After briefing and argument, the Court of Appeals upheld the CFTC's decision on Schor's claim in most respects, but ordered the dismissal of Conti's counterclaims on the ground that "the CFTC lacks authority (subject matter competence) to adjudicate" common law counterclaims. 239 U. S. App. D. C., at 161, 740 F. 2d, at 1264. In support of this latter ruling, the Court of Appeals reasoned that the CFTC's exercise of jurisdiction over Conti's common law counterclaim gave rise to "[s]erious constitutional problems" under Northern Pipeline. 239 U. S. App. D. C., at 174, 740 F. 2d, at 1277. The Court of Appeals therefore concluded that, under well-established principles of statutory construction, the relevant inquiry was whether the CEA was " `fairly susceptible' of [an alternative] construction," such that Article III objections, and thus unnecessary constitutional adjudication, could be avoided. Ibid. (quoting Ralpho v. Bell, 186 U. S. App. D. C. 368, 380, 569 F.2d 607, 619 (1977)).
After examining the CEA and its legislative history, the court concluded that Congress had no "clearly expressed" or "explicit" intention to give the CFTC constitutionally questionable jurisdiction over state common law counterclaims. See 239 U. S. App. D. C., at 166, 178, 740 F. 2d, at 1269, 1281. The Court of Appeals therefore "adopt[ed] the construction of the Act that avoids significant constitutional questions," reading the CEA to authorize the CFTC to adjudicate only those counterclaims alleging violations of the Act or CFTC regulations. Id., at 175, 740 F. 2d, at 1278. Because Conti's counterclaims did not allege such violations, the Court of Appeals held that the CFTC exceeded its authority in adjudicating those claims, and ordered that the
The Court of Appeals denied rehearing en banc by a divided vote. In a dissenting statement, Judge Wald, joined by Judge Starr, urged that rehearing be granted because the panel's holding would "resul[t] in a serious evisceration of a congressionally crafted scheme for compensating victims of Commodity Futures Trading Act . . . violations" and would in practical effect "decimat[e]" the efficacy of this "faster and less expensive alternative forum." App. to Pet. for Cert. in No. 85-621, p. 71a. This Court granted the CFTC's petition for certiorari, vacated the Court of Appeals' judgment, and remanded the case for further consideration in light of Thomas, supra, at 582-593. 473 U.S. 568 (1985). We had there ruled that the arbitration scheme established under the Federal Insecticide, Fungicide, and Rodenticide Act (FIFRA), 7 U. S. C. § 136 et seq., does not contravene Article III and, more generally, held that "Congress, acting for a valid legislative purpose pursuant to its constitutional powers under Article I, may create a seemingly `private' right that is so closely integrated into a public regulatory scheme as to be a matter appropriate for agency resolution with limited involvement by the Article III judiciary." 473 U. S., at 593.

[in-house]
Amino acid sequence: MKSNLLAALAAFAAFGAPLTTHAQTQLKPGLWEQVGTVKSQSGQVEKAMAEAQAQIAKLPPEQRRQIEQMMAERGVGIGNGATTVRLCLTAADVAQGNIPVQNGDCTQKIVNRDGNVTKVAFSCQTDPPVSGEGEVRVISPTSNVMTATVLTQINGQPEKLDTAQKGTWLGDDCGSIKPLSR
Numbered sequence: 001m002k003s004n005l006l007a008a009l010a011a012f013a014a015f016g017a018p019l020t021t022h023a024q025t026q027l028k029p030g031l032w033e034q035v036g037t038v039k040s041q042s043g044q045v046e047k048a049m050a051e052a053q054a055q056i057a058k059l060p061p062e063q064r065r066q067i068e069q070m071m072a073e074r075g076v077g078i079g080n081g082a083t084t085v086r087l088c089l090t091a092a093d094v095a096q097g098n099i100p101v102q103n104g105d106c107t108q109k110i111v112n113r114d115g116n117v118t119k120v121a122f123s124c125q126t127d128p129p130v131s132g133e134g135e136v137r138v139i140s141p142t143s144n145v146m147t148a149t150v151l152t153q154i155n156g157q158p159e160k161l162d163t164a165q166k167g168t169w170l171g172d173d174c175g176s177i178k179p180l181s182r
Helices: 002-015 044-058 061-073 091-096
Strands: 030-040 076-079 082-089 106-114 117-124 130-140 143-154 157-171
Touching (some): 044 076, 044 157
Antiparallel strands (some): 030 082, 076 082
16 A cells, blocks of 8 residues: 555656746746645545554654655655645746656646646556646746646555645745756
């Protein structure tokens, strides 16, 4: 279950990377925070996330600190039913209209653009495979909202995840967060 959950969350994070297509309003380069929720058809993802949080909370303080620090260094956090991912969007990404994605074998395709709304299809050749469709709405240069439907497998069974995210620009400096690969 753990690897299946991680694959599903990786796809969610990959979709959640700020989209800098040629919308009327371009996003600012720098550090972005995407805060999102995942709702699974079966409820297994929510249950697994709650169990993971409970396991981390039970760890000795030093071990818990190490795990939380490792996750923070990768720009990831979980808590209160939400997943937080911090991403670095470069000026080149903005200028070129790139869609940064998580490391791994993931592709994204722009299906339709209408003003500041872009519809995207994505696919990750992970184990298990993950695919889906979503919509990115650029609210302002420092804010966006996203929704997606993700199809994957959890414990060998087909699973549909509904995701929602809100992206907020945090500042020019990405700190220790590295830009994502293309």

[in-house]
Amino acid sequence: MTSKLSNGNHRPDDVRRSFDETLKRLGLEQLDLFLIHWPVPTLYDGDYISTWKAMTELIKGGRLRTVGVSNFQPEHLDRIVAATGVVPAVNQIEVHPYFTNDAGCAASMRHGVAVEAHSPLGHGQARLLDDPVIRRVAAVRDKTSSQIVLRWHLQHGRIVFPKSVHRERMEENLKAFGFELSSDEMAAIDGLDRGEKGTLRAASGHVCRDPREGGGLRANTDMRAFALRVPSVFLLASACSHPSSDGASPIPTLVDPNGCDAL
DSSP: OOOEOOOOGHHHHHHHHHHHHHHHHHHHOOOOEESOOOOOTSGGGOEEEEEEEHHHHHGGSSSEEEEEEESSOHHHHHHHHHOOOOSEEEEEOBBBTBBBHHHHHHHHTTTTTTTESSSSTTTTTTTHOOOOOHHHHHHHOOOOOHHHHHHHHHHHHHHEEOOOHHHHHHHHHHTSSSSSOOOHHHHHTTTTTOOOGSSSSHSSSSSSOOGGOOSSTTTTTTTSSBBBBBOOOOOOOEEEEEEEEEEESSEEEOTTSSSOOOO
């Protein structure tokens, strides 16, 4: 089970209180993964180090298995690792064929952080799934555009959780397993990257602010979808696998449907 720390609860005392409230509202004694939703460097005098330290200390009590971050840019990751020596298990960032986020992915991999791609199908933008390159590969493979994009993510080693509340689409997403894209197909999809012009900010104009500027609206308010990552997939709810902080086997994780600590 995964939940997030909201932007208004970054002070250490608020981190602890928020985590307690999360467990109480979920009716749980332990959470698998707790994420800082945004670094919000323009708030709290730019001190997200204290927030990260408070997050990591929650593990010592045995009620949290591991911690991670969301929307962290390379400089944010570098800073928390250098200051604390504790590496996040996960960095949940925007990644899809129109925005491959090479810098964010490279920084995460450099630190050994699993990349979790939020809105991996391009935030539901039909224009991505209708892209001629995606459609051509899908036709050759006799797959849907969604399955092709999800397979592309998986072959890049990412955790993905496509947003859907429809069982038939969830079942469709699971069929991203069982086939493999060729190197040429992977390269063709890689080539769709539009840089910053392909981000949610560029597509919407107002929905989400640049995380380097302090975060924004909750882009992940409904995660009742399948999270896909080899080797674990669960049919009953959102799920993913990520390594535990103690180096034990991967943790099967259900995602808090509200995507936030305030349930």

On remand, the Court of Appeals reinstated its prior judgment. It reaffirmed its earlier view that Northern Pipeline drew into serious question the Commission's authority to decide debit-balance counterclaims in reparations proceedings; concluded that nothing in Thomas altered that view; and again held that, in light of the constitutional problems posed by the CFTC's adjudication of common law counterclaims, the CEA should be construed to authorize the CFTC to adjudicate only counterclaims arising from violations of the Act or CFTC regulations. See 248 U. S. App. D. C. 155, 157-158, 770 F.2d 211, 213-214 (1985).
The Court of Appeals was correct in its understanding that "[f]ederal statutes are to be so construed as to avoid serious doubt of their constitutionality." Machinists v. Street, 367 U.S. 740, 749 (1961). See also NLRB v. Catholic Bishop of Chicago, 440 U.S. 490, 500-501 (1979). Where such "serious doubts" arise, a court should determine whether a construction of the statute is "fairly possible" by which the constitutional question can be avoided. Crowell v. Benson, 285 U.S. 22 (1932). See also Machinists v. Street, supra, at 750. It is equally true, however, that this canon of construction does not give a court the prerogative to ignore the legislative will in order to avoid constitutional adjudication; " `[a]lthough this Court will often strain to construe legislation so as to save it against constitutional attack, it must not and will not carry this to the point of perverting the purpose of a statute . . .' or judicially rewriting it." Aptheker v. Secretary of State, 378 U.S. 500, 515 (1964) (quoting Scales v. United States, 367 U.S. 203, 211 (1961)). See also Heckler v. Mathews, 465 U.S. 728, 742-743 (1984).